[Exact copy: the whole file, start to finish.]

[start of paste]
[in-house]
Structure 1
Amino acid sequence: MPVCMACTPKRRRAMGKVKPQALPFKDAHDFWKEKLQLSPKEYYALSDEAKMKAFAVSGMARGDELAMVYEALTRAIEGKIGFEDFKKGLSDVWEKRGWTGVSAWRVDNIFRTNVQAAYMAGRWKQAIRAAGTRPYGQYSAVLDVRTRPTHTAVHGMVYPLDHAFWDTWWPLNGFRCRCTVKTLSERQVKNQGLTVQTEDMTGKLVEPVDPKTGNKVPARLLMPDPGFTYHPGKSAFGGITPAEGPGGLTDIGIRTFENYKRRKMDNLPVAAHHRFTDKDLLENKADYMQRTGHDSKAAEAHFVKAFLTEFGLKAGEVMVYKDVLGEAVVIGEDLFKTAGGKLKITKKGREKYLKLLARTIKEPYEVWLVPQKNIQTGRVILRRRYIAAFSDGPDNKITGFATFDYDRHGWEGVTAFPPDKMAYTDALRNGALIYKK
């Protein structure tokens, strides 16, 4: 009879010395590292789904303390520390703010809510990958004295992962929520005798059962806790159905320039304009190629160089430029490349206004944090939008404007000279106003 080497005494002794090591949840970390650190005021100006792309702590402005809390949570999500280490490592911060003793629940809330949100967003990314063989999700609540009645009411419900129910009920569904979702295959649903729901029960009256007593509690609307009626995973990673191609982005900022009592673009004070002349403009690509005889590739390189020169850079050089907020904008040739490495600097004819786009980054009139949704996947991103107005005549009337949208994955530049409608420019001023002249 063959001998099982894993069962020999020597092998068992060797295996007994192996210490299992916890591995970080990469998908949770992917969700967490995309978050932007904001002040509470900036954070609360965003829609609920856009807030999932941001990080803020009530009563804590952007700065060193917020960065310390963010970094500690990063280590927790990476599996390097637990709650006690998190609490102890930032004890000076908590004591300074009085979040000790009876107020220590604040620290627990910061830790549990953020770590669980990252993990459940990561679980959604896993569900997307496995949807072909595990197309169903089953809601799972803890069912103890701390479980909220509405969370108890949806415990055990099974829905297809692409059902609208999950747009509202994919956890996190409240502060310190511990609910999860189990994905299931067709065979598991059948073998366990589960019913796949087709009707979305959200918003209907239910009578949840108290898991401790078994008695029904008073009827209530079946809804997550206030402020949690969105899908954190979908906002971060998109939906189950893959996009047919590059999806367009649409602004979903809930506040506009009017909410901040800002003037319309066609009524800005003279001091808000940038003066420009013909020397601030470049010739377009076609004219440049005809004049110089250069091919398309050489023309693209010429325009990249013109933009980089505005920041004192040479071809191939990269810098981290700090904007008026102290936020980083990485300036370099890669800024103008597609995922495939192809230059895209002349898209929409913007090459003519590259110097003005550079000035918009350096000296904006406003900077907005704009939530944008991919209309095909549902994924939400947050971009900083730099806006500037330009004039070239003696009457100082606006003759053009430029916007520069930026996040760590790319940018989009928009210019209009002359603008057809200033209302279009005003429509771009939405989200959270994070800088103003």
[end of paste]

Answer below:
[in-house]
Structure 1
Amino acid sequence: MPVCMACTPKRRRAMGKVKPQALPFKDAHDFWKEKLQLSPKEYYALSDEAKMKAFAVSGMARGDELAMVYEALTRAIEGKIGFEDFKKGLSDVWEKRGWTGVSAWRVDNIFRTNVQAAYMAGRWKQAIRAAGTRPYGQYSAVLDVRTRPTHTAVHGMVYPLDHAFWDTWWPLNGFRCRCTVKTLSERQVKNQGLTVQTEDMTGKLVEPVDPKTGNKVPARLLMPDPGFTYHPGKSAFGGITPAEGPGGLTDIGIRTFENYKRRKMDNLPVAAHHRFTDKDLLENKADYMQRTGHDSKAAEAHFVKAFLTEFGLKAGEVMVYKDVLGEAVVIGEDLFKTAGGKLKITKKGREKYLKLLARTIKEPYEVWLVPQKNIQTGRVILRRRYIAAFSDGPDNKITGFATFDYDRHGWEGVTAFPPDKMAYTDALRNGALIYKK
């Protein structure tokens, strides 16, 4: 009879010395590292789904303390520390703010809510990958004295992962929520005798059962806790159905320039304009190629160089430029490349206004944090939008404007000279106003 080497005494002794090591949840970390650190005021100006792309702590402005809390949570999500280490490592911060003793629940809330949100967003990314063989999700609540009645009411419900129910009920569904979702295959649903729901029960009256007593509690609307009626995973990673191609982005900022009592673009004070002349403009690509005889590739390189020169850079050089907020904008040739490495600097004819786009980054009139949704996947991103107005005549009337949208994955530049409608420019001023002249 063959001998099982894993069962020999020597092998068992060797295996007994192996210490299992916890591995970080990469998908949770992917969700967490995309978050932007904001002040509470900036954070609360965003829609609920856009807030999932941001990080803020009530009563804590952007700065060193917020960065310390963010970094500690990063280590927790990476599996390097637990709650006690998190609490102890930032004890000076908590004591300074009085979040000790009876107020220590604040620290627990910061830790549990953020770590669980990252993990459940990561679980959604896993569900997307496995949807072909595990197309169903089953809601799972803890069912103890701390479980909220509405969370108890949806415990055990099974829905297809692409059902609208999950747009509202994919956890996190409240502060310190511990609910999860189990994905299931067709065979598991059948073998366990589960019913796949087709009707979305959200918003209907239910009578949840108290898991401790078994008695029904008073009827209530079946809804997550206030402020949690969105899908954190979908906002971060998109939906189950893959996009047919590059999806367009649409602004979903809930506040506009009017909410901040800002003037319309066609009524800005003279001091808000940038003066420009013909020397601030470049010739377009076609004219440049005809004049110089250069091919398309050489023309693209010429325009990249013109933009980089505005920041004192040479071809191939990269810098981290700090904007008026102290936020980083990485300036370099890669800024103008597609995922495939192809230059895209002349898209929409913007090459003519590259110097003005550079000035918009350096000296904006406003900077907005704009939530944008991919209309095909549902994924939400947050971009900083730099806006500037330009004039070239003696009457100082606006003759053009430029916007520069930026996040760590790319940018989009928009210019209009002359603008057809200033209302279009005003429509771009939405989200959270994070800088103003």